Publications

CHI, Dignity Health to combine in new Catholic nonprofit system

January 15, 2018

System will be headquartered in Chicago

By JULIE MINDA and BETSY TAYLOR

Catholic Health Initiatives and Dignity Health have signed a definitive agreement to combine their ministries to create the largest Catholic health system in the nation, based on projected combined revenues. The organizations, which operate primarily in the Midwest and Western United States, said they expect to complete the transaction in the second half of this year.

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The combined system would have more than $28 billion in operating revenues, more than 700 care sites, about 159,000 employees and more than 25,000 physicians and other advanced practitioners.

Within days of the Dec. 7 announcement of the CHI and Dignity Health final agreement, The Wall Street Journal reported that the two largest Catholic health systems in the country — St. Louis-based Ascension and Renton, Wash.-based Providence St. Joseph Health — are in talks that could lead to a merger or combination. Combined, those systems would generate approximately $45 billion in annual revenue. A spokesperson for Providence St. Joseph declined comment on the report, and Ascension did not respond to an inquiry seeking comment.

CHI and Dignity Health said combining their organizations will give them a stronger operational and financial foundation and a larger footprint. There is no overlap in the two systems' hospital service areas, although in 12 states, there is some overlap between CHI's hospital or non-acute service areas and areas where Dignity Health provides non-acute services. A Dignity Health spokesperson said Dignity Health's U.S. HealthWorks subsidiary operates occupational health and urgent care centers in 21 states.

CHI and Dignity Health said they do not expect any changes to frontline staff as a result of the merger, nor do they anticipate service disruption for patients.

Balance sheet
Both CHI and Dignity Health had operating losses that were offset by investment income and gains in fiscal year 2017. CHI, with $15.5 billion in total operating revenue, had an operating loss of $585 million and total revenue over expenses of $108 million. Dignity Health, with $12.9 billion in total operating revenue, had an operating loss of about $67 million and total revenue over expenses of $384 million.

"There is no doubt that health care will only be more challenging in the future, particularly for organizations that are committed to caring for vulnerable populations," CHI and Dignity Health said.

The systems said the merged company will be in a more competitive position, with the resources to expand access to quality care, build upon existing capabilities and accelerate improvements in care delivery. "The new organization will have the size and ability to scale best-in-class service lines; recruit and retain top talent; standardize operations to improve quality and reduce the cost of care; and advocate more effectively for all people, especially those who are poor and vulnerable," the systems said in response to questions from Catholic Health World.

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Kevin E. Lofton, left, chief executive of Catholic Health Initiatives, and Lloyd Dean, president and chief executive of Dignity Health.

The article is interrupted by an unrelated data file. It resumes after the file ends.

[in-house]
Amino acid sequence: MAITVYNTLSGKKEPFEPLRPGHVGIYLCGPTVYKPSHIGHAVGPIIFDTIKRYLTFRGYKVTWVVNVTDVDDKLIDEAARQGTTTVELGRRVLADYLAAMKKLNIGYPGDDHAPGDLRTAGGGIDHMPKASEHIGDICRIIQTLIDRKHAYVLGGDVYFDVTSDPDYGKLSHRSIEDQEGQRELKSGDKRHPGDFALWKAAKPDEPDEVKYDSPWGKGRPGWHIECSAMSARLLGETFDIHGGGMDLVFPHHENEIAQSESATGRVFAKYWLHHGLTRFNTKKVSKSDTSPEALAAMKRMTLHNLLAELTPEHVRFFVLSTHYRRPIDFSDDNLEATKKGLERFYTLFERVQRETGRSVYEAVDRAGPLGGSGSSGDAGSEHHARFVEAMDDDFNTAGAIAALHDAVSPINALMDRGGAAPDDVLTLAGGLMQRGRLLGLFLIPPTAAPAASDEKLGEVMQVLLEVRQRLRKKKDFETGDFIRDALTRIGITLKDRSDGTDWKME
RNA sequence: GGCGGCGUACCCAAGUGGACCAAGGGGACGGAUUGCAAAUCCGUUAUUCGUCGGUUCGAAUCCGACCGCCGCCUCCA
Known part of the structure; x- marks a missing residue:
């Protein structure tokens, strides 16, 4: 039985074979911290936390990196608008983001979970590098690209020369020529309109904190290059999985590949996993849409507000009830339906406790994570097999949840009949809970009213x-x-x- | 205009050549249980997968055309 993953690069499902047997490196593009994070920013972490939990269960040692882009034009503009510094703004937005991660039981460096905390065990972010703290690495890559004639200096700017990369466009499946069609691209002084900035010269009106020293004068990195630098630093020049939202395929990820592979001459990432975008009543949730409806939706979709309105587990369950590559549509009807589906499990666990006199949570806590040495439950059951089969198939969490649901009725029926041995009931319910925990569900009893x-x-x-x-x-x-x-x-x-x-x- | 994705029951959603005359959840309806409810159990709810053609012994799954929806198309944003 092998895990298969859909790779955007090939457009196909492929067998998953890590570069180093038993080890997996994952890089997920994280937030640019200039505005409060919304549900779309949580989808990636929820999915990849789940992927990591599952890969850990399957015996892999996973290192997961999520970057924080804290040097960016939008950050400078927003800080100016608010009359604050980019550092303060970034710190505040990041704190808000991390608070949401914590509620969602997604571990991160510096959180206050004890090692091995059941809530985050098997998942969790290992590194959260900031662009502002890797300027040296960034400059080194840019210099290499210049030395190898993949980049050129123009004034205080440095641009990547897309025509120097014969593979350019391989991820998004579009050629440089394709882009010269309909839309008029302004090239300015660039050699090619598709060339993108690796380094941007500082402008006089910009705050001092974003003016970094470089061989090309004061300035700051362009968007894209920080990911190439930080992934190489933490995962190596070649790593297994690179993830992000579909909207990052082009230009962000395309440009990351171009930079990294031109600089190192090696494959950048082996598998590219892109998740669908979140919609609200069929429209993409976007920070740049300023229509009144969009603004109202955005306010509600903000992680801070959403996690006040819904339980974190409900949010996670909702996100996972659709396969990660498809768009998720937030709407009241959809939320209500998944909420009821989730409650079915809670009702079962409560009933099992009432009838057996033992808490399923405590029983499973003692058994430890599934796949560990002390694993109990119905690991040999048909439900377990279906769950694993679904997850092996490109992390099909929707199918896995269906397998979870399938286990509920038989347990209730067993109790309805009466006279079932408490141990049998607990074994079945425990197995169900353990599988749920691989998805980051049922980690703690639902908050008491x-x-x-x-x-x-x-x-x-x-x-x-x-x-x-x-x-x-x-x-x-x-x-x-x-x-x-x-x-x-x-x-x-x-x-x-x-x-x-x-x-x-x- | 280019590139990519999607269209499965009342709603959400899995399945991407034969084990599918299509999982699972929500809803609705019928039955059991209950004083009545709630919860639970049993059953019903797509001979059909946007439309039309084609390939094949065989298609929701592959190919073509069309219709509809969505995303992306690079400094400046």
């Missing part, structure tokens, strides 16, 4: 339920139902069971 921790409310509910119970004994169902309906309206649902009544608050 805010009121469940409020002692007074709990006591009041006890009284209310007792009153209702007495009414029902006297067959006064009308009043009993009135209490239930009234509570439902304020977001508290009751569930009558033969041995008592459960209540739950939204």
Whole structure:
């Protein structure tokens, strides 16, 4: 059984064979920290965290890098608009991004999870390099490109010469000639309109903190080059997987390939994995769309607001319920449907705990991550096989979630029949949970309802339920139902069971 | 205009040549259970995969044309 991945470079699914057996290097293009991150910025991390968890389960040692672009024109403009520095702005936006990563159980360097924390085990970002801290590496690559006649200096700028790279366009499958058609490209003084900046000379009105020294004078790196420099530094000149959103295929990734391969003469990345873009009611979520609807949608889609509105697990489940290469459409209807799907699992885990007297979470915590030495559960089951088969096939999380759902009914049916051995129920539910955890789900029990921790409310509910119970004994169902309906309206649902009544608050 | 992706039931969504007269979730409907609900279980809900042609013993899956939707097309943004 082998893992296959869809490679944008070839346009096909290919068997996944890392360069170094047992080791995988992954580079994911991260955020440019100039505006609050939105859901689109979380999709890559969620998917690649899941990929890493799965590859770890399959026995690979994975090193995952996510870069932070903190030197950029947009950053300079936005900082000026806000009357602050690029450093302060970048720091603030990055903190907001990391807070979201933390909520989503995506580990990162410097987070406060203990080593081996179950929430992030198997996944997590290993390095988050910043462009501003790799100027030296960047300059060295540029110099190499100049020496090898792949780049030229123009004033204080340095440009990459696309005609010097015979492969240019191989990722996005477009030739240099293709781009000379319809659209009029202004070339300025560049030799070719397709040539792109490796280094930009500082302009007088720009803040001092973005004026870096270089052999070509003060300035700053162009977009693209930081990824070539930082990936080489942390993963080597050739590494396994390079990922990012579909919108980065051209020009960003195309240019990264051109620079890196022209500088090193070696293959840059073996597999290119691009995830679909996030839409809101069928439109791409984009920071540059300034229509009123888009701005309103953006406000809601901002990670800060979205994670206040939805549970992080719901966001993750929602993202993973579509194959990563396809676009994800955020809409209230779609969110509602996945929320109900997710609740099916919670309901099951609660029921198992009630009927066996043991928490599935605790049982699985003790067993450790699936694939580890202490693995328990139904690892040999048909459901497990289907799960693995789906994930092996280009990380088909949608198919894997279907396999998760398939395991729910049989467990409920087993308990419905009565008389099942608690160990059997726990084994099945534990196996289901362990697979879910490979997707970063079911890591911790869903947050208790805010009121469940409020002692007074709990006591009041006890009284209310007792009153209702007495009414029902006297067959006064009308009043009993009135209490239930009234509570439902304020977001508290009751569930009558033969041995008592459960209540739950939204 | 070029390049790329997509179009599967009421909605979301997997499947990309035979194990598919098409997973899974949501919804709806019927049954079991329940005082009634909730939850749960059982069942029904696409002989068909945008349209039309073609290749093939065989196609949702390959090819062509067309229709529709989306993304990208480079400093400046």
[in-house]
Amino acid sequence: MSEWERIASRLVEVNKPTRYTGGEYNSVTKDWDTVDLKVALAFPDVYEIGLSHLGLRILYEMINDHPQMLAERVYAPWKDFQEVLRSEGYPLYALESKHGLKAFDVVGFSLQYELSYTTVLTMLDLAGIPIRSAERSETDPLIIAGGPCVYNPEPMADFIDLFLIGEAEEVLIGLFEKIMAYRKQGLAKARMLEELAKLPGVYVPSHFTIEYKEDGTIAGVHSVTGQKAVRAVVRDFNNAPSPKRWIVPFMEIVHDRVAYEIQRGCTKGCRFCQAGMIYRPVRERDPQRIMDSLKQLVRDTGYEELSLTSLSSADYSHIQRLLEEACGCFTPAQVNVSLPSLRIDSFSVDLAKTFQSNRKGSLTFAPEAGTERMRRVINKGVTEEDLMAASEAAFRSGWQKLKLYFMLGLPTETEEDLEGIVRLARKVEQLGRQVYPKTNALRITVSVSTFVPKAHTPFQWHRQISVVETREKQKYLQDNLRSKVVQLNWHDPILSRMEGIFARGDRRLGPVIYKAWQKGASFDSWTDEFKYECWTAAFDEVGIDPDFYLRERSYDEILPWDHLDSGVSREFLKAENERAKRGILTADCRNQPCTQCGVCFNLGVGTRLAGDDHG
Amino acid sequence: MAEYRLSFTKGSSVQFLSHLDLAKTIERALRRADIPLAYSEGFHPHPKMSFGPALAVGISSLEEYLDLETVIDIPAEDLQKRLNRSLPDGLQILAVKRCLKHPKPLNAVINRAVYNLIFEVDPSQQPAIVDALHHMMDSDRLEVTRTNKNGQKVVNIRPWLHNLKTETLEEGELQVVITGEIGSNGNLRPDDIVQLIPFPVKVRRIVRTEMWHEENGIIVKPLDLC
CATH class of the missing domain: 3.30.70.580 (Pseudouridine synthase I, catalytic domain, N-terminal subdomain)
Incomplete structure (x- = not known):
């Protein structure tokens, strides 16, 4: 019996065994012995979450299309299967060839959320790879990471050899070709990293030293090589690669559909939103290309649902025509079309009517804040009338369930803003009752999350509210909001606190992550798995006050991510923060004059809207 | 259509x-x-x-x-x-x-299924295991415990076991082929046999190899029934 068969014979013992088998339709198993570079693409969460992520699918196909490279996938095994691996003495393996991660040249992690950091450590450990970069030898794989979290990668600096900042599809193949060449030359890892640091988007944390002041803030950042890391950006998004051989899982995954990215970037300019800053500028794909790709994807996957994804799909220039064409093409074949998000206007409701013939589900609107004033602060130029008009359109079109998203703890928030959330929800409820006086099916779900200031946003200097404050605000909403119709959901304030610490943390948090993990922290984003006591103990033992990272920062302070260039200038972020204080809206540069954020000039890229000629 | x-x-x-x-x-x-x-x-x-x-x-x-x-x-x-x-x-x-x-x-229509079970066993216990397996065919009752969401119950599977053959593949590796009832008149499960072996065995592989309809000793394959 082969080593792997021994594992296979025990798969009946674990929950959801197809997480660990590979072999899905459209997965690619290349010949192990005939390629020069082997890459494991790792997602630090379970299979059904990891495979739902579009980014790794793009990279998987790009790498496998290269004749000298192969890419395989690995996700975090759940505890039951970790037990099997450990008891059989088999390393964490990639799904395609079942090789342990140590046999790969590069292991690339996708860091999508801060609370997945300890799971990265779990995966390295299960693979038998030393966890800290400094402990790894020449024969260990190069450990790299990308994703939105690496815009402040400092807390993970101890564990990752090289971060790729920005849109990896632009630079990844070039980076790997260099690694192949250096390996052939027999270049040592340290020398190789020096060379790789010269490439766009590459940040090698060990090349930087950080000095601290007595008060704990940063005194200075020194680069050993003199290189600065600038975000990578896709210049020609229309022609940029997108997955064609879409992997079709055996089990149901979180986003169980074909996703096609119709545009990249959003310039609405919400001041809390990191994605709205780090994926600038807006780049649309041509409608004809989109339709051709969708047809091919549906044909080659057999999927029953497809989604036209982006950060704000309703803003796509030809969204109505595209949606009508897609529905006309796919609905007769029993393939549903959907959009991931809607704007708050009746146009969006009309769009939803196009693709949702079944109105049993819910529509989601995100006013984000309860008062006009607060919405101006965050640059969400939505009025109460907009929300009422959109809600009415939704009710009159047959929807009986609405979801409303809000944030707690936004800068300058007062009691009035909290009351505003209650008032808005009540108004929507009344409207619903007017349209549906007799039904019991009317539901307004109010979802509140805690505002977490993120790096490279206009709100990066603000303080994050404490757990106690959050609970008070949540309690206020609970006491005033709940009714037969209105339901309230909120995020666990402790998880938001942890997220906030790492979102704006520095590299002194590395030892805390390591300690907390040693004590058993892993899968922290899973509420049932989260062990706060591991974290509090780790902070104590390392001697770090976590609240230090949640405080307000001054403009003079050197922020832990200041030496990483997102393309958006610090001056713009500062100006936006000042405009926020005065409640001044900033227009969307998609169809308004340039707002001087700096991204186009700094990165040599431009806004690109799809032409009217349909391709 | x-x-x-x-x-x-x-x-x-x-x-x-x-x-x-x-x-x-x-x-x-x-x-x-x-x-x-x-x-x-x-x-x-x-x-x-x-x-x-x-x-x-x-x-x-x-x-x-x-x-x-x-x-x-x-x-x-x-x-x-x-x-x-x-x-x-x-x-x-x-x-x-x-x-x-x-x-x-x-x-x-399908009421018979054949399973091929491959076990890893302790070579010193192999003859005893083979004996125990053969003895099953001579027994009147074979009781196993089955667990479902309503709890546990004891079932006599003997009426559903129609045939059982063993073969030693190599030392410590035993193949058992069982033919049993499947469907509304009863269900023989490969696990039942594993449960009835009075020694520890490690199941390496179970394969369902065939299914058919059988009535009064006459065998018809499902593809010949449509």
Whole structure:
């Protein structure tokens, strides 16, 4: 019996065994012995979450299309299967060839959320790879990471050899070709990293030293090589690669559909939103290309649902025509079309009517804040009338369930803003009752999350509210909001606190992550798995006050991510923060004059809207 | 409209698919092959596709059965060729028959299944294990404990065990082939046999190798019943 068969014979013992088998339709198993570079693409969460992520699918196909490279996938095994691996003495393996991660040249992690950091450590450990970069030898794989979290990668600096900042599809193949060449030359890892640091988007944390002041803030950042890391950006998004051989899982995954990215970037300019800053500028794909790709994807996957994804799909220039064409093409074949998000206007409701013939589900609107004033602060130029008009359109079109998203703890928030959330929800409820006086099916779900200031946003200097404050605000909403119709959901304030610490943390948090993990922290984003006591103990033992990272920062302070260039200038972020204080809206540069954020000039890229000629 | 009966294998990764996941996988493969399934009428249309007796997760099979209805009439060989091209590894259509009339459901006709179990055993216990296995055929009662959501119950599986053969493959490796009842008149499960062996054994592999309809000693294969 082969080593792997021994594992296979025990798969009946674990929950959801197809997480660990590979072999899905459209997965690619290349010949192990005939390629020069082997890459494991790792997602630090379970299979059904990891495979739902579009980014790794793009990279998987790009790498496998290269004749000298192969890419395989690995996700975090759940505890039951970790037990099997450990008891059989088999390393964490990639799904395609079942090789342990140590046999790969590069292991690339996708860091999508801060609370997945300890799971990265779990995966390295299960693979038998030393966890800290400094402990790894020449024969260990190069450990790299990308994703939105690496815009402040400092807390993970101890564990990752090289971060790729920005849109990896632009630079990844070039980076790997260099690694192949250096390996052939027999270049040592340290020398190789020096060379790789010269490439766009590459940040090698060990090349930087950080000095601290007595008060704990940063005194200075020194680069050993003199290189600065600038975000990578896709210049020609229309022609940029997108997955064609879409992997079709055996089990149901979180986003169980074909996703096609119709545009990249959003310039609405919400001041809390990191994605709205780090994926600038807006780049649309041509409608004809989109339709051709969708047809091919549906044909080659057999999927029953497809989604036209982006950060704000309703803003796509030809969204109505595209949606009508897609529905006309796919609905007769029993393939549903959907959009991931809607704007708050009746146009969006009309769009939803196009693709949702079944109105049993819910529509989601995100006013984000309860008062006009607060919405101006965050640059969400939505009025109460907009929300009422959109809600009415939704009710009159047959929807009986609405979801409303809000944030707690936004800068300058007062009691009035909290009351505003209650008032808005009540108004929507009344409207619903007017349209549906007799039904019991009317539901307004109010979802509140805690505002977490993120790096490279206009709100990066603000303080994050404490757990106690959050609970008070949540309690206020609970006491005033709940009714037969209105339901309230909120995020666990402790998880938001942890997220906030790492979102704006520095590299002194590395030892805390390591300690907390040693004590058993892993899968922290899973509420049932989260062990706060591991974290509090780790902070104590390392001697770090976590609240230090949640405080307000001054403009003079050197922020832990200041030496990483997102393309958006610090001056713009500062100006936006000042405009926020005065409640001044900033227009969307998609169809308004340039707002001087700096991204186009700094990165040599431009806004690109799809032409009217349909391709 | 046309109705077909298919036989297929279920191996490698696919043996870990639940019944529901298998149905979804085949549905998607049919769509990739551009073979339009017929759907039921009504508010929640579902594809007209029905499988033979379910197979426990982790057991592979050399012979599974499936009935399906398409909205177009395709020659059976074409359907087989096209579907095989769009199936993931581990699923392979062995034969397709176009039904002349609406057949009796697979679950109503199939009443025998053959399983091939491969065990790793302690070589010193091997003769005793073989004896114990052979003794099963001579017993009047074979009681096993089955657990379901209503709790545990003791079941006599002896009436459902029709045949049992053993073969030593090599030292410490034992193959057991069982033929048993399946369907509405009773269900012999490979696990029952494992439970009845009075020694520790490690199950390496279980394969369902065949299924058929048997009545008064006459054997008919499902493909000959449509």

Plans call for the new company to be a Catholic nonprofit with its headquarters in Chicago, a city Englewood, Colo.-based CHI and San Francisco-based Dignity Health said they selected for its central location and convenient access to all their locations. The systems said there currently are no plans to merge with an additional health system in the Midwest.

Governance
The organization will have an Office of the CEO, with Lloyd Dean and Kevin Lofton both serving as chief executives of the new system. They will jointly oversee strategy and integration planning for the new system. In addition, Lofton, who is chief executive of CHI, will have authority for the new organization's mission, advocacy, sponsorship and governance; system partnerships and information technology. Dean, who is president and chief executive of Dignity Health, will have authority for all of operations, including clinical, financial and human resources functions. They will work side-by-side with an executive team to plan the integration of the two systems.

The combined organization will create a 14-member governing board called the Board of Stewardship Trustees comprised of the two chief executives and six members from each legacy board.

Members of the new governing board will serve as both sponsors of the canonical — or church corporation, Catholic Health Care Federation — and the civil corporation. Catholic Health Care Federation, a public juridic person, is the current sponsor of CHI.

The organizations plan to announce the combined system's name in the second half of this year. They said the names of existing facilities and services will not change. The deal is subject to federal, state and Catholic Church approval.

The combined organization would represent 18 legacy congregations of women religious. CHI and Dignity Health have two of those legacy congregations in common.

Dignity is comprised of 24 Catholic and 15 other-than-Catholic hospitals. CHI has 101 hospitals. Eight of its facilities are other-than-Catholic. The other-than-Catholic facilities of both legacy organizations will remain non-Catholic. The non-Catholic facilities will continue to operate under the Statement of Common Values and in alignment with the combined ministry's mission and values, the systems said.

Accelerating change